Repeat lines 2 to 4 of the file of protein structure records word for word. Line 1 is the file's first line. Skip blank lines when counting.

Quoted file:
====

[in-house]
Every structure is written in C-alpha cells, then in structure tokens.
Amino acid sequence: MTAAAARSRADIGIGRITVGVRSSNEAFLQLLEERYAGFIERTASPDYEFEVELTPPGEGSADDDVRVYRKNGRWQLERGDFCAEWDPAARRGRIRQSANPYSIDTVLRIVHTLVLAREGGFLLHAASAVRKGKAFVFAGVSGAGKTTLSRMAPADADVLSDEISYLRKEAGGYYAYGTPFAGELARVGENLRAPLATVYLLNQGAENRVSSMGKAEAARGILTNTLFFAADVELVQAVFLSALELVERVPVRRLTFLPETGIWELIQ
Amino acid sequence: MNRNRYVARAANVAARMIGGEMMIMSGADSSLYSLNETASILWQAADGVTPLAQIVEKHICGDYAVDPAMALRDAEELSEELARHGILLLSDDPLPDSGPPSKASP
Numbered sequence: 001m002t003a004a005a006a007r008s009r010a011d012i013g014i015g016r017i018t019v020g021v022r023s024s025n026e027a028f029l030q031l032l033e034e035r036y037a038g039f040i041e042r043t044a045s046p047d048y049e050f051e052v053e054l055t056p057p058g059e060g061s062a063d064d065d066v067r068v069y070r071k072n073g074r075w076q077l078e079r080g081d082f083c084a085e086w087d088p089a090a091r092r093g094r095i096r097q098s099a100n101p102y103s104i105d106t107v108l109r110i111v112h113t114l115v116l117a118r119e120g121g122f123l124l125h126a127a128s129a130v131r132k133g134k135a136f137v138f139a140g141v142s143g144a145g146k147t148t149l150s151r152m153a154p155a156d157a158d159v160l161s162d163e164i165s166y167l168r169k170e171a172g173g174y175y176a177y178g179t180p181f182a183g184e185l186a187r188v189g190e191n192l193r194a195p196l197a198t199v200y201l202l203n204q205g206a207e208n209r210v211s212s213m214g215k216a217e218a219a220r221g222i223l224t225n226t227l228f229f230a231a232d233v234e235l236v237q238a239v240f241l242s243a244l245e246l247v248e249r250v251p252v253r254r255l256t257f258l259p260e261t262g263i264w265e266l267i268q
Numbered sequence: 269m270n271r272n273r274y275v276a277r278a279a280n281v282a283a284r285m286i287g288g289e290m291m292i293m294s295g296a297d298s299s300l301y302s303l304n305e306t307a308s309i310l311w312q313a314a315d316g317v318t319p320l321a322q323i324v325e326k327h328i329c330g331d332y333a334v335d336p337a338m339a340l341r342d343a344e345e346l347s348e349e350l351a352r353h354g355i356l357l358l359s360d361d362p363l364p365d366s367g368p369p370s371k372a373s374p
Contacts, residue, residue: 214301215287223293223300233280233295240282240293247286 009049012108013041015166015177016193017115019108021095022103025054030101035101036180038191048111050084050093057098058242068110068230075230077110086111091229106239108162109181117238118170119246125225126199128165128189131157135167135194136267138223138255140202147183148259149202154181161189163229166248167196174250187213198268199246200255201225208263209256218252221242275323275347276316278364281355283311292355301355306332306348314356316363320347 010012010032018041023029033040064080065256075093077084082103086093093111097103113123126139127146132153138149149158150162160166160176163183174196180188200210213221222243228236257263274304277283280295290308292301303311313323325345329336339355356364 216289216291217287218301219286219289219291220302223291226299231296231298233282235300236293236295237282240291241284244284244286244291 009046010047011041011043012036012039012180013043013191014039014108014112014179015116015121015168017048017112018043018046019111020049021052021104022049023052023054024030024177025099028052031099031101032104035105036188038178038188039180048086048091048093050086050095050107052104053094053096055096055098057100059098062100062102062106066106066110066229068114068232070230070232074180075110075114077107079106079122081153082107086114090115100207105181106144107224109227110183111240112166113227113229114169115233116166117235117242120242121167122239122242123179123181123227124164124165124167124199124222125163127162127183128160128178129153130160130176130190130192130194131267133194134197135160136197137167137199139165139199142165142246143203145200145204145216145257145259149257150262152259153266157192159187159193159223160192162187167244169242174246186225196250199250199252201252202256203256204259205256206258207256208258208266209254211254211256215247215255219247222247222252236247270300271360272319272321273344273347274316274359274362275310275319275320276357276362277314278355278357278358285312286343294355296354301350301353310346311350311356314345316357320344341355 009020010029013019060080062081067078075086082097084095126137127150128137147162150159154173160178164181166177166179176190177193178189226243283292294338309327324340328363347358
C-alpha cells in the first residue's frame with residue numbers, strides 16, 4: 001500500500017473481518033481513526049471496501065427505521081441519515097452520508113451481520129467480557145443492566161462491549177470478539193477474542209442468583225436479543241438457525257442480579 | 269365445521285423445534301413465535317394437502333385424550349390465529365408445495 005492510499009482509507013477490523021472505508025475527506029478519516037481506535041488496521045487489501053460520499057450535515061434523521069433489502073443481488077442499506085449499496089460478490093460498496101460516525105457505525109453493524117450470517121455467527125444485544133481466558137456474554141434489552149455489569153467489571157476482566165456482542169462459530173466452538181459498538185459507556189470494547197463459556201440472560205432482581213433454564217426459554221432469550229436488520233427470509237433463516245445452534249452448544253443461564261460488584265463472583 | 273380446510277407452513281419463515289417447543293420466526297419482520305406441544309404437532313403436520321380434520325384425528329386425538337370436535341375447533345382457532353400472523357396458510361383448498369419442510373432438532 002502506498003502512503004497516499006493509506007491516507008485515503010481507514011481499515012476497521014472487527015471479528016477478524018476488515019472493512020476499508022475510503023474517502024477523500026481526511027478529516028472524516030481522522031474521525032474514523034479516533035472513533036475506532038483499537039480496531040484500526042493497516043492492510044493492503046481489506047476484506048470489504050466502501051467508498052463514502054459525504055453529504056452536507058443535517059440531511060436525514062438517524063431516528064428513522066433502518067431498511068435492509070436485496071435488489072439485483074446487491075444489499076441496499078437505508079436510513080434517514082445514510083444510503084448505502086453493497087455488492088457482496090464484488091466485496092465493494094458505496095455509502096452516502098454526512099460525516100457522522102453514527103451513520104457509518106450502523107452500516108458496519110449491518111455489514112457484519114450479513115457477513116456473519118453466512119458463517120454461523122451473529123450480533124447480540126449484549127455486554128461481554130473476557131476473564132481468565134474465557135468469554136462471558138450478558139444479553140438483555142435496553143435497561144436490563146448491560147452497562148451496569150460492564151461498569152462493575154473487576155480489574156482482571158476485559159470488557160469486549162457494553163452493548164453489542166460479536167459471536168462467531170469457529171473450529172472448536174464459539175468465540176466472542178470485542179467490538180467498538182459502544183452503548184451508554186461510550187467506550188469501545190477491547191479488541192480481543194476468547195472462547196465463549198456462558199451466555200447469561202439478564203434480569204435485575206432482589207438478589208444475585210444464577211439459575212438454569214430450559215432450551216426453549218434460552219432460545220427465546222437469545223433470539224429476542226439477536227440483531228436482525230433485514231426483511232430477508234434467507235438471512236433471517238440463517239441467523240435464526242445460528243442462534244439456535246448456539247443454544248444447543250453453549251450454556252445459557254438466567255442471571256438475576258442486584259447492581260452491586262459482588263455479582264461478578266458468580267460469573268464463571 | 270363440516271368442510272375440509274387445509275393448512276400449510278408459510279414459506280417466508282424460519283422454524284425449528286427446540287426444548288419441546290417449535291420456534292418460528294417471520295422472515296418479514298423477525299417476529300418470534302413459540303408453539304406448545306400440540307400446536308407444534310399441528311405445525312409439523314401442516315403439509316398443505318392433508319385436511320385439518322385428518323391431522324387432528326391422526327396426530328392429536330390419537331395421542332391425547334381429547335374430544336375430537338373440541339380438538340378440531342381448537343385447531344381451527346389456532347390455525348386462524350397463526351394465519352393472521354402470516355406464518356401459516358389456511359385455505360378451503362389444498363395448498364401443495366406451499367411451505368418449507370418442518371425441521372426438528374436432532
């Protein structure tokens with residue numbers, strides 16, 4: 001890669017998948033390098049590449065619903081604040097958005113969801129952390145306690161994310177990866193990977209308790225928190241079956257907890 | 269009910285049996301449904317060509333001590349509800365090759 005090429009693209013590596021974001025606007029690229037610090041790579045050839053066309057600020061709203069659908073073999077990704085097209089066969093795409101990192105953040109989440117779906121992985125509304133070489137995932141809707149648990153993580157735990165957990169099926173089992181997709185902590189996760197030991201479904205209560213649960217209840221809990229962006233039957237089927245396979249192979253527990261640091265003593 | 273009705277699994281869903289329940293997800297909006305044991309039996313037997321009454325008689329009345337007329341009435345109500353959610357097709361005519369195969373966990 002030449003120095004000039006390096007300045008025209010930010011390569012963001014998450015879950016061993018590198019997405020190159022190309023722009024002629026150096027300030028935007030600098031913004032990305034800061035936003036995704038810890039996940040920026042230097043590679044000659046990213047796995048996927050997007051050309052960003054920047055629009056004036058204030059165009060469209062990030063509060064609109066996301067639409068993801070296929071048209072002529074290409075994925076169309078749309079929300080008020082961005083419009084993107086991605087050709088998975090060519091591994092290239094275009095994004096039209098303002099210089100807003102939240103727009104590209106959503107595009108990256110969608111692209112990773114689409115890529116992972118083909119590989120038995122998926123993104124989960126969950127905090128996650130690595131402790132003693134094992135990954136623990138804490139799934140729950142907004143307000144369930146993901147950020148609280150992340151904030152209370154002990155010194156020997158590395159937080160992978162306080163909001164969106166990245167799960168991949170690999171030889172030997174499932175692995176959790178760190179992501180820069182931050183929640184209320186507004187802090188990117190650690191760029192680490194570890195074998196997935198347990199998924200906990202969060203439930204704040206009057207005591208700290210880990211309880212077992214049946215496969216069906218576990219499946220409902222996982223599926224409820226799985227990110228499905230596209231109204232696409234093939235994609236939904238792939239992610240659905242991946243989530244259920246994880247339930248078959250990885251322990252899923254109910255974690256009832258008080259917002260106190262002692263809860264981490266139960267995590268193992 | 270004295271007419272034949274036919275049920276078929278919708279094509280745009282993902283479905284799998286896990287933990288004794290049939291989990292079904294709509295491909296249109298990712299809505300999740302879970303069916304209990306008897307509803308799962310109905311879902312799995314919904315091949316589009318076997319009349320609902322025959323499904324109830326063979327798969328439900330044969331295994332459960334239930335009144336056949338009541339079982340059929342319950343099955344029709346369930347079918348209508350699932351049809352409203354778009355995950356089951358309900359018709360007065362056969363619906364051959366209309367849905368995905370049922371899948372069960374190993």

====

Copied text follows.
Every structure is written in C-alpha cells, then in structure tokens.
Amino acid sequence: MTAAAARSRADIGIGRITVGVRSSNEAFLQLLEERYAGFIERTASPDYEFEVELTPPGEGSADDDVRVYRKNGRWQLERGDFCAEWDPAARRGRIRQSANPYSIDTVLRIVHTLVLAREGGFLLHAASAVRKGKAFVFAGVSGAGKTTLSRMAPADADVLSDEISYLRKEAGGYYAYGTPFAGELARVGENLRAPLATVYLLNQGAENRVSSMGKAEAARGILTNTLFFAADVELVQAVFLSALELVERVPVRRLTFLPETGIWELIQ
Amino acid sequence: MNRNRYVARAANVAARMIGGEMMIMSGADSSLYSLNETASILWQAADGVTPLAQIVEKHICGDYAVDPAMALRDAEELSEELARHGILLLSDDPLPDSGPPSKASP